The excavations at the Tinkinswood sites ended last week. We move on to St Lythan’s Neolithic burial chamber next week, the project is not over! Very exciting times! Although we have left Tinkinswood, we will be back in March 2012 with a fantastic outreach project called ‘Make and Break’ involving two local schools. This will be a chance to look at how the Neolithic tomb builders used and experienced the monument, and to explore our own modern beliefs about burial chambers. There will be a chance for the younger generation to imagine what is was like to be a tomb builder, as they re-create a Neolithic ritual ceremony at the site. Children will have a chance to create a prehistoric pot themselves, and then break it, like several pots were broken at the forecourt at Tinkinswood – on purpose. Make and Break will give the project a dynamic element – even if it is incomplete – to the evidence that is usually displayed inside museum cases.
Everyone has an opinion about Tinkinswood (as we have seen over the last few weeks!) and monuments can be viewed and understood in different ways by different people. Today we bring you a blog by Ginny, who tells us what it’s like to visit and experience Tinkinswood today – from a modern pagan perspective:
Hi. My name is Ginny, and I come to Tinkinswood on a very regular basis. In fact I call Tinkinswood my spiritual home. I feel at ease here, and I suspect that this feeling comes from the thousands of years of occupation and the coming together of people and ideas at this one very special site. I believe, that to understand the significance of ancient sites as sacred areas like Tinkinswood for neo-pagans like myself, we all need to go back and look at the practices and beliefs of the people who lived in the Stone Age.
When we look at the visual evidence of man’s early beliefs and artistic culture, we need to return to the Palaeolithic period. We see wonderful cave paintings dating from about 20,000 years before present, at the Lascaux caves, Dordogne region, France. Here we find hundreds of horses, deer, bison, and ibex amongst others, which are all typical images of the Magdalenian age. Interestingly no depictions of fighting or warfare as in later cultures. It is significant to note that a single human figure wearing skins and stag horn is depicted. We believe him to be a Shamanic god at a time when humans were dependant on animals for survival as they provided meat, furs and bone.
It is thought that the paintings represent an aid in the performance of ritual hunting magic, honouring the animals but also bringing good fortune to the hunters. The Horned God/Shaman is transformed in later Celtic culture to Cernunnos, Pan in Greek mythology and Herne the Hunter (possibly early middle ages). He represents the male element, the primal hunter and provider and protector. Neo-paganism is a polytheistic religion of the God and the Goddess in their various forms.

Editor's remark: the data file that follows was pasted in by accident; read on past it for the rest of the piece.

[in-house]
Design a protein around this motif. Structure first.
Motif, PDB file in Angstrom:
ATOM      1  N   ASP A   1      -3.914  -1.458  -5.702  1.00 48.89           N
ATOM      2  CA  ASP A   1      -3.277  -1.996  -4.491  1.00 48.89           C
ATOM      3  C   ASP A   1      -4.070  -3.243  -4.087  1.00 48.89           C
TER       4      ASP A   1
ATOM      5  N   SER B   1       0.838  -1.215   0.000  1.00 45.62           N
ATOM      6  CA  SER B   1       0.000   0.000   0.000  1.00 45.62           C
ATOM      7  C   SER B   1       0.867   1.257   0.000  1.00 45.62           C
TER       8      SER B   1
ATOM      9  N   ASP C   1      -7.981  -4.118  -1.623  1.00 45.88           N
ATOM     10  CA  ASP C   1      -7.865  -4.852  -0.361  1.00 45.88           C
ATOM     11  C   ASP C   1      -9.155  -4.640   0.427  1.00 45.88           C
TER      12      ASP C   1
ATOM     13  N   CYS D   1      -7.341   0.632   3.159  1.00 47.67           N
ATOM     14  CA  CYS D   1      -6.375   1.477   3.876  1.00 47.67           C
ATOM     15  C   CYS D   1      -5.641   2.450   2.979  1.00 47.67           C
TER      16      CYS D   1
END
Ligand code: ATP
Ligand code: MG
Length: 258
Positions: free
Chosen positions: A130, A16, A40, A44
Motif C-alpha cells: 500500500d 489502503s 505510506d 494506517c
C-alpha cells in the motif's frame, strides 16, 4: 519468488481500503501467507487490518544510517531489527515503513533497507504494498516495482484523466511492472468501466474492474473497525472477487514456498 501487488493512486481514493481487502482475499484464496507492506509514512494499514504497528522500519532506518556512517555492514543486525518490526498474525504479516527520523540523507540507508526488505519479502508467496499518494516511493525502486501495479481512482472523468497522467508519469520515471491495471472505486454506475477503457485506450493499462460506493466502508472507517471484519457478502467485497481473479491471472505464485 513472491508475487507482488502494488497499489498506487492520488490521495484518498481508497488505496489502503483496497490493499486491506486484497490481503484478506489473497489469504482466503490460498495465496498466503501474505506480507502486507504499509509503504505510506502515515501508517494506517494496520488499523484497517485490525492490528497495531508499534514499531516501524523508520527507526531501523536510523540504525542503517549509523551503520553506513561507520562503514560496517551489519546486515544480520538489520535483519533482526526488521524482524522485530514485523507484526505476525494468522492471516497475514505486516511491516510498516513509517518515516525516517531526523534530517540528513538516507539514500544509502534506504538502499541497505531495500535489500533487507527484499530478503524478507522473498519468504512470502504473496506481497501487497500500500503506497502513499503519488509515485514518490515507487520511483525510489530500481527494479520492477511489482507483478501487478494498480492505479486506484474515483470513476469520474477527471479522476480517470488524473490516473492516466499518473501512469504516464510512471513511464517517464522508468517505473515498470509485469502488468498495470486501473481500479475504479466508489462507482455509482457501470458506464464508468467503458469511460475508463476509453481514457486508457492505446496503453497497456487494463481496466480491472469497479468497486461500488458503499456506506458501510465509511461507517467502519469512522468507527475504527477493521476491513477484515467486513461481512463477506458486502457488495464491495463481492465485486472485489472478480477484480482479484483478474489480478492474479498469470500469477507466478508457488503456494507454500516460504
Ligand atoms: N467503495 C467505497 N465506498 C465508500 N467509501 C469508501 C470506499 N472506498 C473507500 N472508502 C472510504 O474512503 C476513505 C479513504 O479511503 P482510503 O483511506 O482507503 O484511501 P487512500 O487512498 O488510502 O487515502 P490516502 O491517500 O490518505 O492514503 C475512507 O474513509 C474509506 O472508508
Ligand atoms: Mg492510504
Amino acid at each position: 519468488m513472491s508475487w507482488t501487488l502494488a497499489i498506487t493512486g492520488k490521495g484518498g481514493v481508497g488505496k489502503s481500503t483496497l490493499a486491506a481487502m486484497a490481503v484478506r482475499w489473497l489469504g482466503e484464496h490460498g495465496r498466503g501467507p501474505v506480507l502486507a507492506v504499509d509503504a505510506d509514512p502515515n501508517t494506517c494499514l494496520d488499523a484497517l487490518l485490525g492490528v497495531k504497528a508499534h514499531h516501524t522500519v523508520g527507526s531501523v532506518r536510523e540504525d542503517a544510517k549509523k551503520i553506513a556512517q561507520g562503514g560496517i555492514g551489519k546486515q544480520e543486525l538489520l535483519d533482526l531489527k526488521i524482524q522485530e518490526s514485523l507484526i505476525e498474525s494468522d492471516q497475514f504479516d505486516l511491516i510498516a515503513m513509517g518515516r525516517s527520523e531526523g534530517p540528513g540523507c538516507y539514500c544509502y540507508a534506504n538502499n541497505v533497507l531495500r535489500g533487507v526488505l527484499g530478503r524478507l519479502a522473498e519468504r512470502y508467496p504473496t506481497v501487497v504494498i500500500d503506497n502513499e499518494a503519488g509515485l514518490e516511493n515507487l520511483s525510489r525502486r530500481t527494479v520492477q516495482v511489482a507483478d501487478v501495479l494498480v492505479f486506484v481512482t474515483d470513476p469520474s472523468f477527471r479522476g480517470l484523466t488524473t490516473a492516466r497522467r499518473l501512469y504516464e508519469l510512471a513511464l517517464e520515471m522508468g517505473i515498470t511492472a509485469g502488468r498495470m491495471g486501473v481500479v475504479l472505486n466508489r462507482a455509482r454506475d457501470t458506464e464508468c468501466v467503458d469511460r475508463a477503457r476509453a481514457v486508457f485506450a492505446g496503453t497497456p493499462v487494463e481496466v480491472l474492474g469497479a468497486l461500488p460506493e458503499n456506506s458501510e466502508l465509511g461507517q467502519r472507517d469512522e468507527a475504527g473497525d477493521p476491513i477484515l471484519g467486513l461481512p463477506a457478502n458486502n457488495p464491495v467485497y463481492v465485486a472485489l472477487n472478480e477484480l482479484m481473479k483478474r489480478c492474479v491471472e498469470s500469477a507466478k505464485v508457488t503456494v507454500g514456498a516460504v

The female element is provided by the Goddess or Earth Mother who is also depicted in the Palaeolithic Stone Age culture. She represents fertility and nature. Venus images date at least as far back as the Ice Age and commonly take the shape of the fertile rounded female form interpreted as the Mother Goddess.
Near to home the “Red Lady” of Paviland Cave, Gower show signs of ritual burial. This 33,000 year old male is the oldest ceremonial burial in Western Europe. His body was covered in red ochre and provided with the grave goods necessary for the next life. Many Pagans believe in reincarnation and have a view that death, rebirth and regeneration is a stage of spiritual development during each incarnation.
A similarity between ancient and modern Pagan belief is ancestral worship and the fact that ancient forebears were always present. Indeed it has been suggested that ancestral remains were removed from chambers at times and brought together with the living to be present at rituals and celebrations. We believe that Neolithic burial chambers such as Tinkinswood represent the female womb where the departed would be returned to the womb of Mother Earth.
It is interesting to look at the recent archaeological finds from the Tinkinswood site. A Mesolithic microlith indicates activity that pre-dates the main Tinkinswood chamber and could indicate an already important presence. The person who left this flint probably lived in a small nomadic community. Then the Neolithic evidence in the form of pottery and a flint scraper. “Cromlech 2” which has turned out to be a Bronze Age round barrow is interesting as this indicates a continuity of religious reverence by Bronze Age people, and then even later activity shown by the discovery of a Roman coin. It is thought that older Neolithic tombs have been re-used at later periods by the Bronze Age Beaker people for example, and this could indicate a link between their dead and the original tomb builders. It seems that even though ideas about burial had changed, the site remained significant to later populations. Then we see finds from later periods in particular a strong Roman presence in the form of a coin and some Greyware pottery. It seems that there has been human activity on this site for possibly 7-8 thousand years.
Living human activity has continued within sight of the ancients at Tinkinswood: we continue to visit and practice our own commemorative acts and rituals, culminating with our own Handfasting (a Pagan marriage). We also perform our rituals throughout the seasons. A communal group of people share food, drinks and gifts and do so at every seasonal ritual or Full Moon celebration. These are done in a respectful way in which we believe our ancestors would approve.
Blessed Be and Love and Light, Ginny
(Tinkinswood White Witch)